Traffic for list building is a topic that has really frustrated me at the hands of the so-called Internet Marketing gurus. I have heard so many ideas and implemented a mishmash of them. Maybe I should go back to all my notebooks and try to condense everything that has been said and try to distill my own strategic framework out of it all. These are some of the things that stick in my mind:
Thanks for sharing this idea. What I love most about your strategy is that by giving a list-owner a sample of your services, you are creating the opportunity for an honest, heart-felt testimonial about the value of those services. The resulting “plug” will be so much more sincere and valuable because it’s based on true appreciation for the service you have provided. 🙂
He says, “Look at your most trafficked blog posts or other content offers. You can then use Google Search Console to see the actual search queries that have resulted in people landing on those pages. Is there a common theme or objective behind the search queries that have brought visitors to that page? If so, build a content offer that directly addresses the theme or question behind the search queries.”
If you choose a product everybody wants - like an iPad or an Amazon gift card - then you’re risking driving unqualified leads to your list. You don’t want to end up having to pay to have a bunch of unengaged people on your email list who aren’t interested in your topic and who will just unsubscribe the second you send them the next email and they haven’t won the giveaway.
If that’s not enough to convince you to toss interstitials in the bin and never look back, there’s also the fact that users report these interactions as among their most-hated advertising practices (defined as ‘modals’ in this study by the Nielsen Norman Group). On a one to seven scale, modals (interstitials) landed at 5.82 for desktop users and 5.89 for mobile users, beating even autoplaying videos without skip for most-dreaded advertising type.
The live video option on Facebook, for example, can be increasingly used to your advantage, where you can connect with so many people at the same time. While you are at it, you can create a live contest too, through your live video, and get your audience on your email list by asking them to participate by leaving their email in the comment section.

Many marketers are afraid of screwing up, and they let “send fear” take over. It’s important to try personalization beyond just using first names in the body or subject line of the message and have the confidence to test personalization for your brand. If you’re skeptical, use A/B tests to figure out if personalization resonates with your lists. Make sure all fields are mapped to the right things, so that when your campaign goes out, everything appears correctly.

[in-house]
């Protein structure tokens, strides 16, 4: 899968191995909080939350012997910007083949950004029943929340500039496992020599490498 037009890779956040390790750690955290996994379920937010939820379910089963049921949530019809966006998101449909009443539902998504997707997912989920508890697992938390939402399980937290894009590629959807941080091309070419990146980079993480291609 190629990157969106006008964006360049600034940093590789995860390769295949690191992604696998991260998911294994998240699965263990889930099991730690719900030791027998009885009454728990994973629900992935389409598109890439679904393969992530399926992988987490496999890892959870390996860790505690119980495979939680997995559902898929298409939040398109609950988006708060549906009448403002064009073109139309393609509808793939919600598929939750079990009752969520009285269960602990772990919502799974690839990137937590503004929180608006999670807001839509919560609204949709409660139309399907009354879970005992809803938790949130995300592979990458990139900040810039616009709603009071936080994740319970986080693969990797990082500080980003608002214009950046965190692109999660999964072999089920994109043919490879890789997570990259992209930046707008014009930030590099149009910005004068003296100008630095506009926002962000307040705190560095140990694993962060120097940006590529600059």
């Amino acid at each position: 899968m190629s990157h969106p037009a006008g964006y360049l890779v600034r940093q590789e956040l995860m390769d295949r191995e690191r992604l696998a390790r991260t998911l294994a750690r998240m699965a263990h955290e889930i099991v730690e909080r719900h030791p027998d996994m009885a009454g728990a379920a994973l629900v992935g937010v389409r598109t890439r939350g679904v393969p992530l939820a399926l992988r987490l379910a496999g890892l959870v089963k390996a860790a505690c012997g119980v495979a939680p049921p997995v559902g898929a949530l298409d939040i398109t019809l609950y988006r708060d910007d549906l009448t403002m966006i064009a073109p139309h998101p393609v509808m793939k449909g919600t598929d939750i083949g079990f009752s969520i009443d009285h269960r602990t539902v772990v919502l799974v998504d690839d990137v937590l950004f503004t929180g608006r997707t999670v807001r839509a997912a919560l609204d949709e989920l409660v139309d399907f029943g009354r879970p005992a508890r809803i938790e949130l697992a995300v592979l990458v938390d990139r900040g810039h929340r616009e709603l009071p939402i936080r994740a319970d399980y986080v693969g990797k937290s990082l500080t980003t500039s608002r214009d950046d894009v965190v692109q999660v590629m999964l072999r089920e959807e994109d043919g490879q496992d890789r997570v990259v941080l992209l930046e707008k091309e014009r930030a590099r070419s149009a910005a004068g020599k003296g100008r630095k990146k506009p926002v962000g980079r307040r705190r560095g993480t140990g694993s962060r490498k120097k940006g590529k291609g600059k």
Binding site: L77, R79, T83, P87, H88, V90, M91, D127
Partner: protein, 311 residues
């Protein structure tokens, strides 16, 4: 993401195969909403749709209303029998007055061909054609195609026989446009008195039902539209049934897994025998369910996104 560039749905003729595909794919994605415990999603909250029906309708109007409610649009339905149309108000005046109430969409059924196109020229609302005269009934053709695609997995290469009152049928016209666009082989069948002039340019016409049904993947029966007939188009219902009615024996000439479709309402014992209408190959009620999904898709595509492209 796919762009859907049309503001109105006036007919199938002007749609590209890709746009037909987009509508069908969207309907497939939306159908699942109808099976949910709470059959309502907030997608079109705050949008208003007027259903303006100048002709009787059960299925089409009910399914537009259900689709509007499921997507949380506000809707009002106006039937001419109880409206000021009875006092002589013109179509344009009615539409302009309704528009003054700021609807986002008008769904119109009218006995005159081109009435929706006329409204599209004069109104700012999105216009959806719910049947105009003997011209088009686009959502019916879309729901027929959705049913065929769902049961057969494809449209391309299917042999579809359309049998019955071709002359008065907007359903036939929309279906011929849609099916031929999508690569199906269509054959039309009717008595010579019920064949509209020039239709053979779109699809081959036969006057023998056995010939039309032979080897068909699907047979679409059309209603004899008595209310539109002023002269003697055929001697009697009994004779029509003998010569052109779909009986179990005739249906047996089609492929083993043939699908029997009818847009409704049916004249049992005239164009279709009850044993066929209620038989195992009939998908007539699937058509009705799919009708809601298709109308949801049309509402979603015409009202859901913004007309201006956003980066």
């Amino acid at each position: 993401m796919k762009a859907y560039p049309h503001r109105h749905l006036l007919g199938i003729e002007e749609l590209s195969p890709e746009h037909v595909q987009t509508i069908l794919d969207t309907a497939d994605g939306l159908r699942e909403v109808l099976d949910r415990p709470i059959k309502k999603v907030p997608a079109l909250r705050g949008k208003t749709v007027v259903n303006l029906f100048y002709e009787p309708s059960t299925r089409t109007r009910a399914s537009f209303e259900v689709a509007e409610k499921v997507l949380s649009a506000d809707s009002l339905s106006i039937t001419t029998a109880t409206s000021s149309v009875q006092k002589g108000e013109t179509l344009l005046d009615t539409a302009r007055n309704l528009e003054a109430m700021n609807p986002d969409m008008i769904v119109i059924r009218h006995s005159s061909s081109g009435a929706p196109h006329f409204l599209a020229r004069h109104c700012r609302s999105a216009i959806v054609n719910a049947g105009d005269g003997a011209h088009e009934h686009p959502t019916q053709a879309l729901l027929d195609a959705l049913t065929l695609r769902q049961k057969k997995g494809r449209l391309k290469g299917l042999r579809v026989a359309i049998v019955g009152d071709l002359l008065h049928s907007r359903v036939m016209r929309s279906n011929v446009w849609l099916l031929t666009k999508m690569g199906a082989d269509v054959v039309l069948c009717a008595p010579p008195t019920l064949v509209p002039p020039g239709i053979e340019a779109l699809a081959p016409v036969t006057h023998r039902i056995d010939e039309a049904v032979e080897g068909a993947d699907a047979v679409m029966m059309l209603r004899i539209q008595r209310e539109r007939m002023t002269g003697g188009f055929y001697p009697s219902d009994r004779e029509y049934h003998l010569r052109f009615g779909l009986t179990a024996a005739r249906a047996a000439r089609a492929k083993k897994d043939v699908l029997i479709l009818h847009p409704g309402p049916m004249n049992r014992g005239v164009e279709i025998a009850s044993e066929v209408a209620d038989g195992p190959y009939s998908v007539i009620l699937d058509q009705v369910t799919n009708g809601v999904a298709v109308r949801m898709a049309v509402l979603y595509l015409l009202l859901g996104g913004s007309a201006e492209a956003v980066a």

In this situation, your subscriber receives a confirmation “welcome” email or the start of a welcome series once they opt in. This confirms that your recipient wants your email (and did not unknowingly sign up or change their mind). This form of consent decreases the likelihood of anyone being on an email marketing list long-term who does not want to be, but just as importantly verifies to you, the sender, that their email address actually exists. This also helps prevent frequent “typo” and “recycled” spam trap hits.

You can’t begin to personalize your campaigns if all you have is an email address, so work to figure out what data you already have. Do you have information on past purchase behavior, length of time on your email list, customer status, or geography? All of these areas can be leveraged for personalization, which will, in turn, improve list quality. Where does this information live? Is it in your CRM, e-commerce platform, or somewhere else? Integrations can help you combine your email list with outside information.

Solo ads is essentially a method of paying someone to mail to their list for you. I don’t do this very often anymore but it is a very very effective way to jumpstart a list. If you followed along to a previous 30 day challenge I did on my old blog, Business & Blogs, you would have seen me go in to great depth about how I gained almost 1,000 new subscribers through solo ads alone.